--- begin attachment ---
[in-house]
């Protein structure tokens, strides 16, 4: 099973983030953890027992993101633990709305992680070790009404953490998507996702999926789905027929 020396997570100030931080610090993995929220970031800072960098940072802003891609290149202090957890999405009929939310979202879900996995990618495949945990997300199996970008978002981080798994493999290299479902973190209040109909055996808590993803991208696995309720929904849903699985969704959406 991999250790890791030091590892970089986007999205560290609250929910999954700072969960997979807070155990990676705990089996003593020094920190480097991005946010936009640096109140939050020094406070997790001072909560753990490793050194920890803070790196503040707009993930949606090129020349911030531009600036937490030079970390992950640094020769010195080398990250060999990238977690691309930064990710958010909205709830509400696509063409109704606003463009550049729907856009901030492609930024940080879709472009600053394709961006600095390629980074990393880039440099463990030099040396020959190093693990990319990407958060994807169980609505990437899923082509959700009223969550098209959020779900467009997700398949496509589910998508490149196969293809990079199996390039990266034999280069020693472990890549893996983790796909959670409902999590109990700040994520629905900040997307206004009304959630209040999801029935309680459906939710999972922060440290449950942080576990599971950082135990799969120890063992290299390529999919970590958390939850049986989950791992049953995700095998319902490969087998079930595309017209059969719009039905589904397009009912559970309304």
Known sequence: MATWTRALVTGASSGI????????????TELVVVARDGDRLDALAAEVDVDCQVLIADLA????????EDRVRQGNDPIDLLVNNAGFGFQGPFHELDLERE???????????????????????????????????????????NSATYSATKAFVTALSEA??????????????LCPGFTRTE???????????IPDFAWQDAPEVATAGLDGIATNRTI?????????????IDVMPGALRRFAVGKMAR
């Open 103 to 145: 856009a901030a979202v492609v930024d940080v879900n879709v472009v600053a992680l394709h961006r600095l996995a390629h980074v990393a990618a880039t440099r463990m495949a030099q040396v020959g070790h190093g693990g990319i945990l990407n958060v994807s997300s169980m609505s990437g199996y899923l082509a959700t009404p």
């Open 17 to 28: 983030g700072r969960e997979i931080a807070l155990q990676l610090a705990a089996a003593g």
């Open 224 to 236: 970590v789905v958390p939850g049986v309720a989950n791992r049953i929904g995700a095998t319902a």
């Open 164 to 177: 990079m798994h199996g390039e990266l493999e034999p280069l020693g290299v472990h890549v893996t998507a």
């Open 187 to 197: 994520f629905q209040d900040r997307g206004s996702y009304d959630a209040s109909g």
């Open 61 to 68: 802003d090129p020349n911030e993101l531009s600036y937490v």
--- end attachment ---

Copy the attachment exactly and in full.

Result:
[in-house]
């Protein structure tokens, strides 16, 4: 099973983030953890027992993101633990709305992680070790009404953490998507996702999926789905027929 020396997570100030931080610090993995929220970031800072960098940072802003891609290149202090957890999405009929939310979202879900996995990618495949945990997300199996970008978002981080798994493999290299479902973190209040109909055996808590993803991208696995309720929904849903699985969704959406 991999250790890791030091590892970089986007999205560290609250929910999954700072969960997979807070155990990676705990089996003593020094920190480097991005946010936009640096109140939050020094406070997790001072909560753990490793050194920890803070790196503040707009993930949606090129020349911030531009600036937490030079970390992950640094020769010195080398990250060999990238977690691309930064990710958010909205709830509400696509063409109704606003463009550049729907856009901030492609930024940080879709472009600053394709961006600095390629980074990393880039440099463990030099040396020959190093693990990319990407958060994807169980609505990437899923082509959700009223969550098209959020779900467009997700398949496509589910998508490149196969293809990079199996390039990266034999280069020693472990890549893996983790796909959670409902999590109990700040994520629905900040997307206004009304959630209040999801029935309680459906939710999972922060440290449950942080576990599971950082135990799969120890063992290299390529999919970590958390939850049986989950791992049953995700095998319902490969087998079930595309017209059969719009039905589904397009009912559970309304």
Known sequence: MATWTRALVTGASSGI????????????TELVVVARDGDRLDALAAEVDVDCQVLIADLA????????EDRVRQGNDPIDLLVNNAGFGFQGPFHELDLERE???????????????????????????????????????????NSATYSATKAFVTALSEA??????????????LCPGFTRTE???????????IPDFAWQDAPEVATAGLDGIATNRTI?????????????IDVMPGALRRFAVGKMAR
């Open 103 to 145: 856009a901030a979202v492609v930024d940080v879900n879709v472009v600053a992680l394709h961006r600095l996995a390629h980074v990393a990618a880039t440099r463990m495949a030099q040396v020959g070790h190093g693990g990319i945990l990407n958060v994807s997300s169980m609505s990437g199996y899923l082509a959700t009404p």
């Open 17 to 28: 983030g700072r969960e997979i931080a807070l155990q990676l610090a705990a089996a003593g």
């Open 224 to 236: 970590v789905v958390p939850g049986v309720a989950n791992r049953i929904g995700a095998t319902a």
């Open 164 to 177: 990079m798994h199996g390039e990266l493999e034999p280069l020693g290299v472990h890549v893996t998507a």
């Open 187 to 197: 994520f629905q209040d900040r997307g206004s996702y009304d959630a209040s109909g």
């Open 61 to 68: 802003d090129p020349n911030e993101l531009s600036y937490v």